I could ask you to send me $49.99 to get a copy of an e-book with information on how you, too, can build your dream home in the Philippines in just one hour but I’m afraid that my conscience wouldn’t let me sell an e-book for that much that only had a few words in it.
What would those words be, that can teach you how to build a house in the Philippines in just one hour? They would be, “Go to SketchUp.com, download the free program, take the tutorials and spend an hour building your house in the Philippines.”
Well, OK, you can’t build the actual house and it won’t really be in the Philippines, but you can design and build a model house that you can eventually have turned into plans for the real thing.
Like a lot of other people who have the itch to build a house in the Philippines and move there permanently or part-time, I’ve surfed around the Internet in search of opinions (see “What’s your angle?”) on the how’s and what’s of building in the Philippines. I have heard that you need an architect, a construction engineer, an electrical engineer and a bunch of other profe$$ionals to design and plan a house. I’ve also heard that you don’t necessarily need an architect if you can present a competent draftsman with decent mock-up of your dream home.
Now there are cases where I’d use an architect. If I wanted a showplace, a real dream home or compound, something unique and tres chic, and I had the money to back up the expense, then I’d be searching for an architect online instead of opinions from crusty old expats.
I’m simple, however. My wife is, too. We don’t want a Taj Mahal. We couldn’t afford to build one if we did. We’re looking to build a house in the Philippines that has one floor, 3 bedrooms, 2 comfort rooms and a nice, big partially screened-in patyo. We have a l0t that will be big enough for a garden and we plan to “harvest” to rain from the roof of the house to supplement the city water supply.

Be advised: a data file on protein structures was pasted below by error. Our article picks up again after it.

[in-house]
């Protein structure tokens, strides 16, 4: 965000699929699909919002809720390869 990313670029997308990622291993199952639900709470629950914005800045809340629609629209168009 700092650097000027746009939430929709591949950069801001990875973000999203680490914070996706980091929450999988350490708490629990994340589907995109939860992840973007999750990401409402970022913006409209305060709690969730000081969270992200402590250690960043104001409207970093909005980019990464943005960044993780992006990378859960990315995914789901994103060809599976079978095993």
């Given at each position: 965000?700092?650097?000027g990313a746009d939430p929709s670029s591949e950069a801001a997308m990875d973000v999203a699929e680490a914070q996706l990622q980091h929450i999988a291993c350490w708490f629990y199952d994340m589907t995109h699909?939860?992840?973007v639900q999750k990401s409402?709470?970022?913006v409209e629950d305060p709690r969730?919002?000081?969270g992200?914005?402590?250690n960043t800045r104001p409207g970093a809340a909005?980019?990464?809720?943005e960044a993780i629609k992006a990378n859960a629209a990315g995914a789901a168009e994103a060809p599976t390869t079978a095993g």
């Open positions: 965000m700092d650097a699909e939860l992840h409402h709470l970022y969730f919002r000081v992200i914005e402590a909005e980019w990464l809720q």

Enter: SketchUp. It’s an easy-to-use 3D modeling program that has free and paid versions. The free version is priced right for me and the paid version is $495 which gets you other programs that hook into the main program to aid the professional designer. During the first eight-hours of use, you get the entire full version with all of the bells and whistles to try. After eight hours, it reverts to the free version.
I suggest you either download the tutorials and step through them, especially the introduction and the three start-to-draw tutorials. I found them essential and I’m the type that dives right into software head first. There is a library of templates to build on and textures for your creations as well as objects like furniture, fixtures, autos, plants and people.
I found that the biggest help to me was using the template for building in metric units. As an American of a certain age, while I know the metric system, I’m still wired for the Imperial system. Seeing what our target house’s footprint of 120 meters-squared looks like in 3D has been very instructive.
SketchUp. Go forth. Learn. Draw. Build a house in the Philippines in just one hour!